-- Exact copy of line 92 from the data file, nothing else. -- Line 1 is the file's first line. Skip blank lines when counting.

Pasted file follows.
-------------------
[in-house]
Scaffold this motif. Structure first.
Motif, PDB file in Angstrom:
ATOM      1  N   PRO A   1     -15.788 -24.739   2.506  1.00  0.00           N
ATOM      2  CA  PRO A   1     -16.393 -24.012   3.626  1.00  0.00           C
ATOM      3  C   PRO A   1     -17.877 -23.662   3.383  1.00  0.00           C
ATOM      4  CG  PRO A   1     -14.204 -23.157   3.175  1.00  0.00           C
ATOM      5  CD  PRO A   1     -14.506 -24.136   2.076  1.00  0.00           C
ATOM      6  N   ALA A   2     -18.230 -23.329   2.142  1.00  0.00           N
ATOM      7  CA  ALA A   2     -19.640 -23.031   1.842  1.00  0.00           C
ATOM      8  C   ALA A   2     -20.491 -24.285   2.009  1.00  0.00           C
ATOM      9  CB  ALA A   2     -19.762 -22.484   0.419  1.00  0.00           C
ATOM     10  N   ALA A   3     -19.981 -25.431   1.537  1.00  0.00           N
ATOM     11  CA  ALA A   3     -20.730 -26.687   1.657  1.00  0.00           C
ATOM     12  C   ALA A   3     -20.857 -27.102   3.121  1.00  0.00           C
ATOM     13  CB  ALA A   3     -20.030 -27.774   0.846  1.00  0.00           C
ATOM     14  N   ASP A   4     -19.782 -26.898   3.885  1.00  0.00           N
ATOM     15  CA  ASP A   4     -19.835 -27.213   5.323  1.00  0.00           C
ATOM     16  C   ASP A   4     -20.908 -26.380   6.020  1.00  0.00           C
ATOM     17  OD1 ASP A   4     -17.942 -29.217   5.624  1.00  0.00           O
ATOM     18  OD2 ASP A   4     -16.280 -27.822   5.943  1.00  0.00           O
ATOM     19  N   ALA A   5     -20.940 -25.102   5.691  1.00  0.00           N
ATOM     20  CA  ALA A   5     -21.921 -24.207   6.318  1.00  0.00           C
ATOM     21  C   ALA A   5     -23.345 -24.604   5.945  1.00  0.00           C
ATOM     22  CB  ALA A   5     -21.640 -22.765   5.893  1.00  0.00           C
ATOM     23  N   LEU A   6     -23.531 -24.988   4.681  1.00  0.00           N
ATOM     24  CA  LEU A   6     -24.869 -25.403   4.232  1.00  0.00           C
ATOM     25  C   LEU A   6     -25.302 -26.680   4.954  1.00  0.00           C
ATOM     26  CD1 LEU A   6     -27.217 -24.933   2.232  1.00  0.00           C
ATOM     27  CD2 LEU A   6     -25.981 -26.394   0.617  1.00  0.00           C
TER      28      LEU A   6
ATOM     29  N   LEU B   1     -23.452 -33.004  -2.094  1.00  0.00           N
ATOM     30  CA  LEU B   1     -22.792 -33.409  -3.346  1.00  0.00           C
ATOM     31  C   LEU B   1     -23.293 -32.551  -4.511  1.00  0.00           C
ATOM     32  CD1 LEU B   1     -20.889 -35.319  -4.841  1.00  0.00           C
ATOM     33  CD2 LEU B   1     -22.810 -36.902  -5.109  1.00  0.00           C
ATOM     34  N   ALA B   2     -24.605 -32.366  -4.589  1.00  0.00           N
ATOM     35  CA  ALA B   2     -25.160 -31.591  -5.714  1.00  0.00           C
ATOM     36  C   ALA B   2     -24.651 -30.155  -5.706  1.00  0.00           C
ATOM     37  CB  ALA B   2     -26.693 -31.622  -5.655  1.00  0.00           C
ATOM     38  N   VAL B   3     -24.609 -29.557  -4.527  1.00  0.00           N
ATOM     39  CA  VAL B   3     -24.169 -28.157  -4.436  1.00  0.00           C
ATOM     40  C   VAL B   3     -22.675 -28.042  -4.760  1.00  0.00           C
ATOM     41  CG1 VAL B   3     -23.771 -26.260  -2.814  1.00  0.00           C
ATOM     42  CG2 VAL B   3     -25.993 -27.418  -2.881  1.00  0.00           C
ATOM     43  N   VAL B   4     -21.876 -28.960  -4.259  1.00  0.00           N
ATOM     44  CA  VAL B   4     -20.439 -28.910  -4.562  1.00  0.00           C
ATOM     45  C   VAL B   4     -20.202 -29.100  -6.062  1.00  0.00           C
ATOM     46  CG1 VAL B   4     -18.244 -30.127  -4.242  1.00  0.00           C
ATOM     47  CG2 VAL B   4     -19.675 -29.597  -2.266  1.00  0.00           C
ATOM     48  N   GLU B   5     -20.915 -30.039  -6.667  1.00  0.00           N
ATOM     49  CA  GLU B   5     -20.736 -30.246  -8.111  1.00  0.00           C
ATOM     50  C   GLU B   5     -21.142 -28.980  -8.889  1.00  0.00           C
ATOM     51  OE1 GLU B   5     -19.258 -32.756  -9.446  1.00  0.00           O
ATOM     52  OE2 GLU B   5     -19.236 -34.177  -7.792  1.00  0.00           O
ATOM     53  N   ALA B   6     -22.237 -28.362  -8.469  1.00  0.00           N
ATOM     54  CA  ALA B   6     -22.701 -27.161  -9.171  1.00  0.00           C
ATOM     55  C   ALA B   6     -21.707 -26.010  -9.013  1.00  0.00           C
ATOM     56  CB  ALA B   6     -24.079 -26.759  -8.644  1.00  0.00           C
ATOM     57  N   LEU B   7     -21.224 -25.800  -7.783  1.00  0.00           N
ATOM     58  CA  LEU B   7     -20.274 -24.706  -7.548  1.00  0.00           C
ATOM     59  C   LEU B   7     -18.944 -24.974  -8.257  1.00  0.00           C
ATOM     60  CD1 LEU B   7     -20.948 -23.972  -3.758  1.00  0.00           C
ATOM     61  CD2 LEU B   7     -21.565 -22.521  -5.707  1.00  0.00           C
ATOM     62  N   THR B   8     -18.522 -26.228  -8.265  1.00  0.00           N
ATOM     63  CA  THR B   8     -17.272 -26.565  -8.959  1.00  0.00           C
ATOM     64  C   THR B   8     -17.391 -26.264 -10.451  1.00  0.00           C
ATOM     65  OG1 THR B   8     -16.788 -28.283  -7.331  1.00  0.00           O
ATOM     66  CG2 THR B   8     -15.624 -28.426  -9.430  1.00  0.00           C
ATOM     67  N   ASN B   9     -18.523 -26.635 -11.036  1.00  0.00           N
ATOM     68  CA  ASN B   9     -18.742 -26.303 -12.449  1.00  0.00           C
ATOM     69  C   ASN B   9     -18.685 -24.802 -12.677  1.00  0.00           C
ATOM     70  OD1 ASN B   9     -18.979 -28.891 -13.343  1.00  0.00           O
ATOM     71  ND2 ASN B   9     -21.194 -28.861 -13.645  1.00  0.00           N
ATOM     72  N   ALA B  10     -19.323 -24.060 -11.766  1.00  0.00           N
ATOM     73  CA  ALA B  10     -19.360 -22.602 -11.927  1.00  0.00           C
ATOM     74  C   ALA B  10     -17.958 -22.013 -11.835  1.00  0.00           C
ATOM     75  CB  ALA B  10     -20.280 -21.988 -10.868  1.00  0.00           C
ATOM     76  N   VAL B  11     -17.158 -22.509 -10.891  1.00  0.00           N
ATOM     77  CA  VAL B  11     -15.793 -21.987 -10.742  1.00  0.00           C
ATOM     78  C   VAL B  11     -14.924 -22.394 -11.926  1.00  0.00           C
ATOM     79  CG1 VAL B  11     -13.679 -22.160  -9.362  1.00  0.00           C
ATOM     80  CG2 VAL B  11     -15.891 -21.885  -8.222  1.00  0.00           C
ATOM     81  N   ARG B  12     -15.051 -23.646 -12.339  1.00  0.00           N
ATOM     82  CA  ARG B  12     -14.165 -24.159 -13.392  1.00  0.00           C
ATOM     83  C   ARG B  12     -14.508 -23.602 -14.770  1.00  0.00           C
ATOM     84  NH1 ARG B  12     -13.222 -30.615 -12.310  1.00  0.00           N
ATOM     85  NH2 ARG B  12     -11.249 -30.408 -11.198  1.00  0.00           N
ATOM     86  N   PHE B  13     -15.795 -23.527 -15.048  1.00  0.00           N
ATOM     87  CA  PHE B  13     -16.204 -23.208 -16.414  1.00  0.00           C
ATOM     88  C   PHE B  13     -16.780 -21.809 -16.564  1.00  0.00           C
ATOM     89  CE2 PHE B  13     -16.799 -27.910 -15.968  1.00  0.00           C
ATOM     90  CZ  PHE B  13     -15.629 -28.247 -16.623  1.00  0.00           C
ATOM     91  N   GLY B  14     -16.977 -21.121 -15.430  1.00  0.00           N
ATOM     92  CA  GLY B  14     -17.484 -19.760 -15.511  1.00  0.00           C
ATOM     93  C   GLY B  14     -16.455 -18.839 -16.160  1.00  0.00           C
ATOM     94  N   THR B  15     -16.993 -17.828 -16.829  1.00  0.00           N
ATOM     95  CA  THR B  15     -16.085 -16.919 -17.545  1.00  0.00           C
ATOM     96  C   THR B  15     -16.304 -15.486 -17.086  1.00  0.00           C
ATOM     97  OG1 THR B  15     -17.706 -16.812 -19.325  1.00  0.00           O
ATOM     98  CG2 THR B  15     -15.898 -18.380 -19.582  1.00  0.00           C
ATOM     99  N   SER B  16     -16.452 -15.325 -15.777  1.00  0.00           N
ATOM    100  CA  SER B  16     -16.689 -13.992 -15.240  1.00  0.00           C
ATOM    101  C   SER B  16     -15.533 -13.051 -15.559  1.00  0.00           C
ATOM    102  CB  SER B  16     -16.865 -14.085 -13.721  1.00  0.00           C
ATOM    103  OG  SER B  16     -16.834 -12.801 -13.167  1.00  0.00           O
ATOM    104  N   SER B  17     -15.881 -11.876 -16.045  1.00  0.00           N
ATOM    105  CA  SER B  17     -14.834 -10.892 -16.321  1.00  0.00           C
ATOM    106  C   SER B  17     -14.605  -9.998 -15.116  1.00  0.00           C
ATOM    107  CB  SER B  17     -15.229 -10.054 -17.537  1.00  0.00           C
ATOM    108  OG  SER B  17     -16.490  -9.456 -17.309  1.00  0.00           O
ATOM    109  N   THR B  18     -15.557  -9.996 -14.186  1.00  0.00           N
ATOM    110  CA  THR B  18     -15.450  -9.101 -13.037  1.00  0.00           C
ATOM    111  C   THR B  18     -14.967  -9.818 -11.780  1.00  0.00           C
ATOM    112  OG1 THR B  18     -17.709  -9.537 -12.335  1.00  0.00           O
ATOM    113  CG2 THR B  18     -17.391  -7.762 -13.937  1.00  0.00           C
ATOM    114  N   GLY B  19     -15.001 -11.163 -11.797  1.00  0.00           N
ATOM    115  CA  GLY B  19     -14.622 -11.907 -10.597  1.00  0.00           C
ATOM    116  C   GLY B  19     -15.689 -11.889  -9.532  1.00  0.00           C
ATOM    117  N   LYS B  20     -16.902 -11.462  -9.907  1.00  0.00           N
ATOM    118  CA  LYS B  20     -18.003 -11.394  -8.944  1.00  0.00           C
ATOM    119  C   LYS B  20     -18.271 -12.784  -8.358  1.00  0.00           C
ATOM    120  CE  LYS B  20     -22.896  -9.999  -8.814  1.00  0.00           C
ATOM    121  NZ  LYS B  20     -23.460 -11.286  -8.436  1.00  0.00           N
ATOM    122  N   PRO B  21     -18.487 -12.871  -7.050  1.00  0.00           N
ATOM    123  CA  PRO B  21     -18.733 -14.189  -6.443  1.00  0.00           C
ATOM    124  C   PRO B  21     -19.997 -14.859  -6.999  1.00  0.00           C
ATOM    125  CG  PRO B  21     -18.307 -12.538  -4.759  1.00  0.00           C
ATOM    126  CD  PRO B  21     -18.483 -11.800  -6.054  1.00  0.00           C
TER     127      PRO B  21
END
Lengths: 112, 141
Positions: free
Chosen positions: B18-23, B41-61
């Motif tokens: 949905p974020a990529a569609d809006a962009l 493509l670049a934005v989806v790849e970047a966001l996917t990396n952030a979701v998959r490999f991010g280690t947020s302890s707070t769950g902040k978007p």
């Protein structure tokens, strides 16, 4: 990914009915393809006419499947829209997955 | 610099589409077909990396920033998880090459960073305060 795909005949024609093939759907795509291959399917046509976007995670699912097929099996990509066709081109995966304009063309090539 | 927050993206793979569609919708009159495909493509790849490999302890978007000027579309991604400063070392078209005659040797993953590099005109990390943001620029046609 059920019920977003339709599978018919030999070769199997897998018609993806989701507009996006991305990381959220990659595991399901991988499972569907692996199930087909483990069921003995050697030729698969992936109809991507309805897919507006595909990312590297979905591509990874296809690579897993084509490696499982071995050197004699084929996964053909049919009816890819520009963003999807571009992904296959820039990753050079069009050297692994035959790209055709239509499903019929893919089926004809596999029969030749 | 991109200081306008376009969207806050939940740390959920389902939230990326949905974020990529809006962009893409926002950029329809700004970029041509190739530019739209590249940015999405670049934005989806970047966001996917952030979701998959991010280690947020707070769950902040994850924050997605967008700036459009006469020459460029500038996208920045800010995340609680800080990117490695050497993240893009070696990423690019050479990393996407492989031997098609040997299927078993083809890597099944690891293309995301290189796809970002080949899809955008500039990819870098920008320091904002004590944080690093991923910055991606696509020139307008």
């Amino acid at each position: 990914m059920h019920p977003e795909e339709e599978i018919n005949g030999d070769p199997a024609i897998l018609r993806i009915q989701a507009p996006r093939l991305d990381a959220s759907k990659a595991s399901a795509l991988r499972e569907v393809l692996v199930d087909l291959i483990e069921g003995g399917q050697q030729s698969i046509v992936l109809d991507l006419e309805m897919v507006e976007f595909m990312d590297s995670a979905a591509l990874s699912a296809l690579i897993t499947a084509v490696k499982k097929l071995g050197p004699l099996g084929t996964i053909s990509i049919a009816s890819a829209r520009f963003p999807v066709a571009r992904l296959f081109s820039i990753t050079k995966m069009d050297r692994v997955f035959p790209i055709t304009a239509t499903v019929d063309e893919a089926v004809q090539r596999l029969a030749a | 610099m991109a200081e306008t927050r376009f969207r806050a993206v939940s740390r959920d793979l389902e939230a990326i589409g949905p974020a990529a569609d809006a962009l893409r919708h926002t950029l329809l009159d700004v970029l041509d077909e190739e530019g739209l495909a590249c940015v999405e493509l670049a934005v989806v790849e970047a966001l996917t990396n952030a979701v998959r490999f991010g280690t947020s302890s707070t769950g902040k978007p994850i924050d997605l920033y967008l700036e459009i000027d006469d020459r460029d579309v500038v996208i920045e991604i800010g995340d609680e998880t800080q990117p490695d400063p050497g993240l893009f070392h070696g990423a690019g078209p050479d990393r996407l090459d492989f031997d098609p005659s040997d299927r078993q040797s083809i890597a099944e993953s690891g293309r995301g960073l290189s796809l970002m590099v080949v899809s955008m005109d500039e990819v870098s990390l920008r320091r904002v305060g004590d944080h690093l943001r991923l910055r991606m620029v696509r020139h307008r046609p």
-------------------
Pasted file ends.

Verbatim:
ATOM     89  CE2 PHE B  13     -16.799 -27.910 -15.968  1.00  0.00           C